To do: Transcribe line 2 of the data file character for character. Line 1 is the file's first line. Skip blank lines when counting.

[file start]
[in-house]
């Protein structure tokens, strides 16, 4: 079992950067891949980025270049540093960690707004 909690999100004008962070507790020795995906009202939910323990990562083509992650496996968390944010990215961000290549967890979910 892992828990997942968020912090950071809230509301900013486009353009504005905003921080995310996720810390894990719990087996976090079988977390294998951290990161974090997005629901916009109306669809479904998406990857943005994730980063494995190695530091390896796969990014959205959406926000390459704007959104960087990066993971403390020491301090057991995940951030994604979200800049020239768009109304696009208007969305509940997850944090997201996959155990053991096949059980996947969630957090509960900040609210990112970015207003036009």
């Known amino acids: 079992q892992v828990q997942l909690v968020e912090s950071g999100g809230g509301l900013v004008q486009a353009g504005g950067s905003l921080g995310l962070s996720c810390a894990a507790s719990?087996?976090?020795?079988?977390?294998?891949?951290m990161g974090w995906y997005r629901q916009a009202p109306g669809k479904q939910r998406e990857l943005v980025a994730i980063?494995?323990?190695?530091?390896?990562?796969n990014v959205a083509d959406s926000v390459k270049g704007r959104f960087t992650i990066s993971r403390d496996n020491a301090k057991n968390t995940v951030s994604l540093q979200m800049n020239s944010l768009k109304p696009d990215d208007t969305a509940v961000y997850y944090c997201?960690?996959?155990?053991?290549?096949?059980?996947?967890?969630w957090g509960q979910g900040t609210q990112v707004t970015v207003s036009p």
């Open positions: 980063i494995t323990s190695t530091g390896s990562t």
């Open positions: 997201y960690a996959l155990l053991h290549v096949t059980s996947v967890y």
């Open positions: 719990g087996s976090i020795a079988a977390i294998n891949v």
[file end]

């Protein structure tokens, strides 16, 4: 079992950067891949980025270049540093960690707004 909690999100004008962070507790020795995906009202939910323990990562083509992650496996968390944010990215961000290549967890979910 892992828990997942968020912090950071809230509301900013486009353009504005905003921080995310996720810390894990719990087996976090079988977390294998951290990161974090997005629901916009109306669809479904998406990857943005994730980063494995190695530091390896796969990014959205959406926000390459704007959104960087990066993971403390020491301090057991995940951030994604979200800049020239768009109304696009208007969305509940997850944090997201996959155990053991096949059980996947969630957090509960900040609210990112970015207003036009």